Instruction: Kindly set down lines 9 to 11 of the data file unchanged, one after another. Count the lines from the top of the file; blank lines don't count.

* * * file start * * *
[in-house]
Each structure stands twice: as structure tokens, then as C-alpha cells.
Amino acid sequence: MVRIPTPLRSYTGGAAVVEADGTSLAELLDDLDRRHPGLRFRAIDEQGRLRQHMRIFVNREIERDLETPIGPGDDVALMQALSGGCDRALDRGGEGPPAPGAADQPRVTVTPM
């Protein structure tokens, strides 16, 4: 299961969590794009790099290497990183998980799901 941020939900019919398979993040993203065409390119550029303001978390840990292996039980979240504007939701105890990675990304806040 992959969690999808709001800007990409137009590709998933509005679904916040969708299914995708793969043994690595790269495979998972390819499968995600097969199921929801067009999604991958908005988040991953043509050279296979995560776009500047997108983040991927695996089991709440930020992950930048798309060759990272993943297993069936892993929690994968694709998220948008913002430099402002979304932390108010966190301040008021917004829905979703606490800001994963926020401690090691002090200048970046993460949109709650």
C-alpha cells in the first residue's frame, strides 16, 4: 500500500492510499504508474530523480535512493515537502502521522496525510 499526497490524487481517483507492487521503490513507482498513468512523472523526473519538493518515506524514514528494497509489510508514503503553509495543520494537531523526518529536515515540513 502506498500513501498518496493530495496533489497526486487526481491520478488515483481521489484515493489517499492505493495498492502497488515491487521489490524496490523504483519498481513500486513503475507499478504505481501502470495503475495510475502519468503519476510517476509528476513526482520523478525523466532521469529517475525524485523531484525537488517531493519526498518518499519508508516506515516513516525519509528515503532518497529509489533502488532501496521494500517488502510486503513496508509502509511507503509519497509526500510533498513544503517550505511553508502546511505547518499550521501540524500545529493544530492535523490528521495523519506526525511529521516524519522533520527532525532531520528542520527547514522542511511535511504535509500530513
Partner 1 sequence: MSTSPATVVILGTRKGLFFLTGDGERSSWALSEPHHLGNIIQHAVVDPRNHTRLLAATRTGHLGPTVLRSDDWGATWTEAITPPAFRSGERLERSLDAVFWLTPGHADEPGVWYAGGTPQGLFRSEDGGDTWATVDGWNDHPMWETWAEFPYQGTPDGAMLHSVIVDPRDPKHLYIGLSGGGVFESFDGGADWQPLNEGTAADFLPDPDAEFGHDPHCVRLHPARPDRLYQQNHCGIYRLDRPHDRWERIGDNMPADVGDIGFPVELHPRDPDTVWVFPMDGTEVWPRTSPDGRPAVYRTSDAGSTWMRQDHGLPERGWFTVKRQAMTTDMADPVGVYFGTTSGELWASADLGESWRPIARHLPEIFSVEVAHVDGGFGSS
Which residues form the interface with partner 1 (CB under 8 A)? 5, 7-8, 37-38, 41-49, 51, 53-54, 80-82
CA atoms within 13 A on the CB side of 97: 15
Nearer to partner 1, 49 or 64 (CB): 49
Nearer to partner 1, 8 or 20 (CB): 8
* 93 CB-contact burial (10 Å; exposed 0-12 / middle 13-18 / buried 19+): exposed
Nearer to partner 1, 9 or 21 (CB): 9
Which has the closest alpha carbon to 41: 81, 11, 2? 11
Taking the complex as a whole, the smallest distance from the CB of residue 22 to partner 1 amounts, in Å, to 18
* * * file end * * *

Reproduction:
Nearer to partner 1, 49 or 64 (CB): 49
Nearer to partner 1, 8 or 20 (CB): 8
* 93 CB-contact burial (10 Å; exposed 0-12 / middle 13-18 / buried 19+): exposed